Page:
You want to bring them back. Would they, if they could, return, after such a heavy crossing? You try, until the wish, almost disattached, gnawing, growling, finally bursts loose to call them.
It’s difficult to write about our dear friend Peter Wintonick, who passed away less than one week ago at the young age of 60, on November 18th. Since his passing we’ve been absorbing the wonderful outpouring of stories about Peter, and the global reach of his kindness and creativity has been rendered in so many tributes and laments that one wonders what more to say.
Peter wouldn’t want us to spend too long doting on his death, or his life for that matter. He’d want us to soldier on, to push the green fuse up, to daringly dab the brush against the canvass with a renewed, invigorated ferocity inspired by ours, and his, time on this planet. But Peter was also a spirited dissident, always refusing to acquiesce to the status quo, never one to retire to the sack without a good debate or snappy rally.
And so, we begin with the excerpt above, from a poem written by Edwin Honig in 1968. Honig is the subject of Alan Berliner’s new documentary, which played at this year’s IDFA in Amsterdam, been at every social gathering, gathering all of us, his friends and innocent stander by, in to his infectious fold: his unending wit, creativity and generosity.
Peter was a dear friend who supported Cinema Politica since the early days and who came on several years ago as our “project advisor.” Like other appellations created for Peter in his life, this title was really just a series of words signifying no real station with related resources. Rather, it meant that Peter was on board and would be there for us when we needed him.
Peter didn’t fit into professional boxes and forms. He transcended the professionalism that currently usurps so much documentary activist work. He kicked against the pricks that would have him function as a functionary, or be dignified as a dignitary, and instead drifted from intellectual and creative post to the next with a focused attention on the grand scheme of saving ourselves from ourselves through art, and did so with his signature geniality and finely-honed Ukrainian wit.
Peter was the magical being who would, after weeks or months of documentary disappearance (meaning he was just somewhere where we were not), appear in the corner at Ezra’s 40th birthday party, chatting earnestly with a non-believer about some new fantastic documentary they must absolutely rush out and support.
He would appear at documentary events all over the world, seemingly having teleported from canal-side colloquia in Amsterdam, capitalism-contested panels in Reykjavik, serious thinking suites in South Australia, tea ceremonies with bureaucrats in rural China, midnight tents in Scandinavia, sweaty dance parties in Toronto, and every documentary space and festival place in between.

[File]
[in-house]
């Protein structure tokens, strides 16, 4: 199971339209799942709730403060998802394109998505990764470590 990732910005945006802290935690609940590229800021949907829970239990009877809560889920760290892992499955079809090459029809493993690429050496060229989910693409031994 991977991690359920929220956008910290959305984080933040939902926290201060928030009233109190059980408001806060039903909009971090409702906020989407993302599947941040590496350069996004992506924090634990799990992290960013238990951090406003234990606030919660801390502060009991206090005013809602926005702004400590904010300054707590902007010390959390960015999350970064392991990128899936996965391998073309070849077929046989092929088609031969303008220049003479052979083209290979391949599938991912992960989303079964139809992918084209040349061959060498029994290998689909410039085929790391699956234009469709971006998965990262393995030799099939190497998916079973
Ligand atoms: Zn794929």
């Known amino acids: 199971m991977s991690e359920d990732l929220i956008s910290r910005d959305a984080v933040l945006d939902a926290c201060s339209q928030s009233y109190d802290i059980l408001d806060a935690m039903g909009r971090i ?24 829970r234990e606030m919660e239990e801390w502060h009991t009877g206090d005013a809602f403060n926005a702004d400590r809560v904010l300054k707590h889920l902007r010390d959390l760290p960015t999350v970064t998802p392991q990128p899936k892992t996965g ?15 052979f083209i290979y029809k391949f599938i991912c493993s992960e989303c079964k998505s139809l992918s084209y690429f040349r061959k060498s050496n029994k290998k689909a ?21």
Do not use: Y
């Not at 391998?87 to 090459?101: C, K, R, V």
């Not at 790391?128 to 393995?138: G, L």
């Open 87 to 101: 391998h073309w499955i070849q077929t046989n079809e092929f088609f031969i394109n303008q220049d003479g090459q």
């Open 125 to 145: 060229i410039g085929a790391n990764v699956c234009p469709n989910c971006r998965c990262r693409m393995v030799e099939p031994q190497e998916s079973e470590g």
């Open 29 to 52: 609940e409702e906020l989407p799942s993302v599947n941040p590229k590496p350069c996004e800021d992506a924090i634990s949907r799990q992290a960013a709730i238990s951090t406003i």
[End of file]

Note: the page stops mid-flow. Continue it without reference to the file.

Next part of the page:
And his magical appearance was made all the more enchanting by his disarming and generous presence, where his vitality for life and exuberance for discourse defied all scientific evidence regarding the fatigue that constant travel and work produces in regular earthly beings.
Peter, when he wasn’t physically there for us, was there in his disembodied global voice. Once, some years back, we couldn’t afford to attend IDFA and we dropped Peter a quick note asking if he could connect us with the right, sympathetic people to speak with.
A few days later an email appeared in our inboxes, addressed to the festival’s top brass, with our names in the cc field. In it, Peter informed IDFA that we were “the two most important programmers, I think, in Canada.” Not among the most important, not two of, but THE most important. How had they not heard of us?
Never afraid to deploy hyperbole to help a friend or even someone he had just met but whose project was not receiving just attention and respect, Peter was always an incredibly generous soul to have on your side of the court. He of course gave more than supportive emails and letters – he gave friendship, guidance, love, and it seems, so much of himself.
Peter was not part of the documentary community, Peter was the gravitational pull that brings so many of us from the shadows and margins toward a core – an enduring sense of belonging so embodied and expressed by Peter that it is difficult to think of him as a “member” of any group at all, documentary or otherwise.
This was indelibly imprinted on us at this year’s RIDM festival and surrounding events, where Peter still managed to influence and bring warmth to our community from his hospital bed, even eliciting a standing ovation from eight kilometres away. His name was held on each of our tongues as we traversed the social spaces and films of this year’s festival, and continues to be carried in quiet remembrance as well as spoken out loud at ongoing documentary events all over the world.
Peter being Peter, he timed his passing while many of us were gathered together in his much-loved documentary community, yet he did not cast a dark shadow over our strange ritual of gathering obsessive forces around non-fiction art and culture here in Montreal this year.
Instead, Peter cast a long and beautiful light over the proceedings, one that was visible and resplendent in this rich community that he was so dedicated to and in love with. And we remain, in kind, dedicated to his vision and spirit, and forever in love with the presence he brought and the inspiration he continues to sow.
From your dear friends and comrades-in-documentary-arms, Svetla Turnin (pictured above with Peter at a DOC protest in Toronto in 2012) and Ezra Winton.
(Top: Image of Peter Wintonick by Frank Boyd)